A few years back, I had a long session with a psychiatrist who was conducting a study on post-traumatic stress disorder and its effects on reporters working in war zones. At one point, he asked me: “How many bodies have you seen in your lifetime?” Without thinking for too long, I replied: “I’m not sure exactly. I've seen quite a few mass graves in Africa and Bosnia, and I saw a well crammed full of corpses in East Timor, oh and then there was Rwanda and Goma...” After a short pause, he said to me calmly: “Do you think that's a normal response to that question?” He was right. It wasn't a normal response. Over the course of their lifetime, most people see the bodies of their parents, maybe their grandparents at a push. Nobody else would have responded to that question like I did. Apart from my fellow war reporters, of course. When I met Marco Lupis nearly twenty years ago, in September 1999, we were stood watching (fighting the natural urge to divert our gaze) as pale, maggot-ridden corpses, decomposed beyond recognition, were being dragged out of the well in East Timor. Naked bodies shorn of all dignity. When Marco wrote to ask me to write the foreword to this book and relive the experiences we shared together in Dili, I agreed without giving it a second thought because I understood that he too was struggling for normal responses. That he was hoping he would find some by writing this book. While reading it, I could see that Marco shares my obsession with understanding the world, my compulsion to recount the horrors I have seen and witnessed, and my need to overcome them and leave them behind. He wants to bring sense to the apparently senseless. Books like this are important. Books written by people who have done jobs like ours. It's not just about conveying - be it in the papers, on TV or on the radio - the atrocities committed by the very worst of humankind as they are happening; it’s about ensuring these atrocities are never forgotten. Because all too often, unforgivably, the people responsible go unpunished. And the thing they rely on most for their impunity is that, with the passing of time, people simply forget. There is a steady flow of information as we are bombarded every day with news of the latest massacre, terrorist attack or humanitarian crisis. The things that moved or outraged us yesterday are soon forgotten, washed away by today's tidal wave of fresh events. Instead they become a part of history, and as such should not be forgotten so quickly. When I read Marco's book, I discovered that the people who murdered our colleague Sander Thoenes in Dili, while he was simply doing his job like the rest of us, are still at large to this day. I read the thoughts and hopes of Ingrid Betancourt just twenty-four hours before she was abducted and taken to the depths of the Colombian jungle, where she would remain captive for six long years. I read that we know little or nothing about those responsible for the Cambodian genocide, whose millions of victims remain to this day without peace or justice. I learned these things because the written word cannot be destroyed. A written account of abuse, terror, violence or murder can be used to identify the perpetrators and bring them to justice, even though this can be an extremely drawn-out process during and after times of war. It still torments me, for example, that so many Bosnian women who were raped have never got justice and every day face the prospect of their assailants passing them on the street. But if I follow in Marco's footsteps and write down the things I have witnessed in a book, people will no longer be able to plead ignorance. That is why we need books like this one.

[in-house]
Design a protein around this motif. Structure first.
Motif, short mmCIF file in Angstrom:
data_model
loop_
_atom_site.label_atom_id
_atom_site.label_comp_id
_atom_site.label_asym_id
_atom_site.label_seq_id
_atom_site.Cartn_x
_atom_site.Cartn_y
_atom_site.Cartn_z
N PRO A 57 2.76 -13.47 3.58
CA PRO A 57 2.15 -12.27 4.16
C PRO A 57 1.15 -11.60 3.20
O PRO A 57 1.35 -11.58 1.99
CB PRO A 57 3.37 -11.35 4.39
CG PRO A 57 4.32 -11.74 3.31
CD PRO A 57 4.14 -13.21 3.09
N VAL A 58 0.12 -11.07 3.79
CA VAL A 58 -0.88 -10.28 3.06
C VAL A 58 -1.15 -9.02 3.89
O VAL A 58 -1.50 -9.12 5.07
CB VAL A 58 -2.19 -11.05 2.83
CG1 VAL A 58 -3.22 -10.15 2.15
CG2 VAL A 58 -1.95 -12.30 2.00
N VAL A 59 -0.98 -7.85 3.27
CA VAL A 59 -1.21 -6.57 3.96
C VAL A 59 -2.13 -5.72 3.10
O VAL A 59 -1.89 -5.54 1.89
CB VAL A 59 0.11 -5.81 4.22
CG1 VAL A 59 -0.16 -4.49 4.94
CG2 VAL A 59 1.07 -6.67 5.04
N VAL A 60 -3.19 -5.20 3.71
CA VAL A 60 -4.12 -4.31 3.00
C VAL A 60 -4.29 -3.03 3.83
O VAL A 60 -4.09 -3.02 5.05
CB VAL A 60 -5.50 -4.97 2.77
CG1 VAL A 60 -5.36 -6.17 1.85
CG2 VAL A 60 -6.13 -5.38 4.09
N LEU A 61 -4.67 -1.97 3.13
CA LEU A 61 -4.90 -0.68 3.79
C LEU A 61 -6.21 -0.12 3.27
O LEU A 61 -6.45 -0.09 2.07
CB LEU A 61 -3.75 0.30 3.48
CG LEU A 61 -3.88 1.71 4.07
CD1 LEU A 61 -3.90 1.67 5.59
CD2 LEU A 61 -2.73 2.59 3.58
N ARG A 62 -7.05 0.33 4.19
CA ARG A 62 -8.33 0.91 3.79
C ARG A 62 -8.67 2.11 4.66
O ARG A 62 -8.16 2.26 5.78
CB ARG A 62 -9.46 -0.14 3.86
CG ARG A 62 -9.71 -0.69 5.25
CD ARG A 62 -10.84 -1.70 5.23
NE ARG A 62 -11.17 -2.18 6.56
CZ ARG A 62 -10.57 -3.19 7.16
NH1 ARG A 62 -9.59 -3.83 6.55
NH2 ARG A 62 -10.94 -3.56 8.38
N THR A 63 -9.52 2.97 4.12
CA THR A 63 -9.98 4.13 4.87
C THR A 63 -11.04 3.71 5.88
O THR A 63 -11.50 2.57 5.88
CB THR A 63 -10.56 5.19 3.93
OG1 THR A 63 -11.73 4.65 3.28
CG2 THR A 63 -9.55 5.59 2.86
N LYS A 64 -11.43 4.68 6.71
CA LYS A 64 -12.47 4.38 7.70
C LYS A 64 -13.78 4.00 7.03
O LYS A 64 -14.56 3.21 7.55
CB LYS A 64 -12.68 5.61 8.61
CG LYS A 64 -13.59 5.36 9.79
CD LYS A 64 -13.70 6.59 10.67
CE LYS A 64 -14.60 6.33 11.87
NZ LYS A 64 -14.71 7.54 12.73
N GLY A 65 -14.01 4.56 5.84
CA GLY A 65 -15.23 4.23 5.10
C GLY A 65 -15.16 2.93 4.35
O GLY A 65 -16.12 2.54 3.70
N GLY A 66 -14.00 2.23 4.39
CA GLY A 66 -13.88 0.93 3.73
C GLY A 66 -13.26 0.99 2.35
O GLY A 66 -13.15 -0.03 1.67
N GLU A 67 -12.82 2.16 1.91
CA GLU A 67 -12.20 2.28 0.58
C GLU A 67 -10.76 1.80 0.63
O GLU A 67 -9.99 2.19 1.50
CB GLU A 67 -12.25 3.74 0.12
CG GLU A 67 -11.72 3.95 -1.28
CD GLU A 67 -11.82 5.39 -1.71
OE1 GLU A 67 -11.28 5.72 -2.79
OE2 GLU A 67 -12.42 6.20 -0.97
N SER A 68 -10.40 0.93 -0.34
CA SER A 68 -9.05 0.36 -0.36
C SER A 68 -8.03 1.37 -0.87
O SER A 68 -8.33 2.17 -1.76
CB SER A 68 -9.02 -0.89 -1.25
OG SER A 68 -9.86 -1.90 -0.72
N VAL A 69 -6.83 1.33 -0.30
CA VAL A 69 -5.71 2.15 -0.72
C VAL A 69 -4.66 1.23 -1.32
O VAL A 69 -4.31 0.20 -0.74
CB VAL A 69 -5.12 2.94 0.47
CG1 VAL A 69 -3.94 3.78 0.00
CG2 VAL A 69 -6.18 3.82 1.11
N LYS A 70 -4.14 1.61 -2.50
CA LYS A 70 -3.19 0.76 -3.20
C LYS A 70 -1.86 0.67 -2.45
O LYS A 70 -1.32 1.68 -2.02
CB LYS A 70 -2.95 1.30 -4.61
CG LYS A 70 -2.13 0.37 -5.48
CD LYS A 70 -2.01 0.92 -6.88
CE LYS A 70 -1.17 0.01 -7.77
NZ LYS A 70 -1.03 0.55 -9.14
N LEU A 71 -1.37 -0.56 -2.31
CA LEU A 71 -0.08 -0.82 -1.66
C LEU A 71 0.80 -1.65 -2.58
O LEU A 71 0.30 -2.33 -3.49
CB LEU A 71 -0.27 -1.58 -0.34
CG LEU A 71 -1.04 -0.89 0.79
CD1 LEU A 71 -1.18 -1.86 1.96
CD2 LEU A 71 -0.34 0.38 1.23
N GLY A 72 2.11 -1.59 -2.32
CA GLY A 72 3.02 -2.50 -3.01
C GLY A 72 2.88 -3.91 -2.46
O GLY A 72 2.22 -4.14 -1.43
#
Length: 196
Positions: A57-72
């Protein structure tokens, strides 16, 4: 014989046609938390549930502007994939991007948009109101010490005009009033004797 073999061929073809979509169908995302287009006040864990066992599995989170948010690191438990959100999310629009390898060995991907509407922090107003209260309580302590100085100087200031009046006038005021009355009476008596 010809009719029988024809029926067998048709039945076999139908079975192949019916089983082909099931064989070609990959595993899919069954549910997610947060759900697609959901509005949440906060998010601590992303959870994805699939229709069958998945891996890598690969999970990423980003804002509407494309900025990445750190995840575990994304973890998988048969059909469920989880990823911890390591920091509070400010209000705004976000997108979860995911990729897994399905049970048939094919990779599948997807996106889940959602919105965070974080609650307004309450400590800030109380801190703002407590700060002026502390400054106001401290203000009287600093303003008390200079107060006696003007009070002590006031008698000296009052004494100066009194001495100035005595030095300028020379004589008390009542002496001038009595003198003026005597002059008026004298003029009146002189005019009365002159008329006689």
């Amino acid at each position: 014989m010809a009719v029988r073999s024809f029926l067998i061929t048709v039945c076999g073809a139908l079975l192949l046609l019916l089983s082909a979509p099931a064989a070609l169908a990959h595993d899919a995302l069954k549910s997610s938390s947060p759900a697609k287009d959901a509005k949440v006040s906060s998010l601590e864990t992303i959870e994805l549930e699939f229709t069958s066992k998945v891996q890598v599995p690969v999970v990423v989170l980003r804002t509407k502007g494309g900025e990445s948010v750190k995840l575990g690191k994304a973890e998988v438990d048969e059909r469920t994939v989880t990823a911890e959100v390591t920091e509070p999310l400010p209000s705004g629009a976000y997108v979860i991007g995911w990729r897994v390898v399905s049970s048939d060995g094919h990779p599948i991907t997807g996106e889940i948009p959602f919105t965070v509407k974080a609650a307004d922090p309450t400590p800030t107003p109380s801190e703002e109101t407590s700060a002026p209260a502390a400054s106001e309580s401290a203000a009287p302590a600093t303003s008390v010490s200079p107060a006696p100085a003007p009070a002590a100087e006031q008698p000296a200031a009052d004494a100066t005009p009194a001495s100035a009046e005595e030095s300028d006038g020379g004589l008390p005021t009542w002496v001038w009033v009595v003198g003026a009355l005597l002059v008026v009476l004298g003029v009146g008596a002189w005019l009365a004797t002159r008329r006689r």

Janine Di Giovanni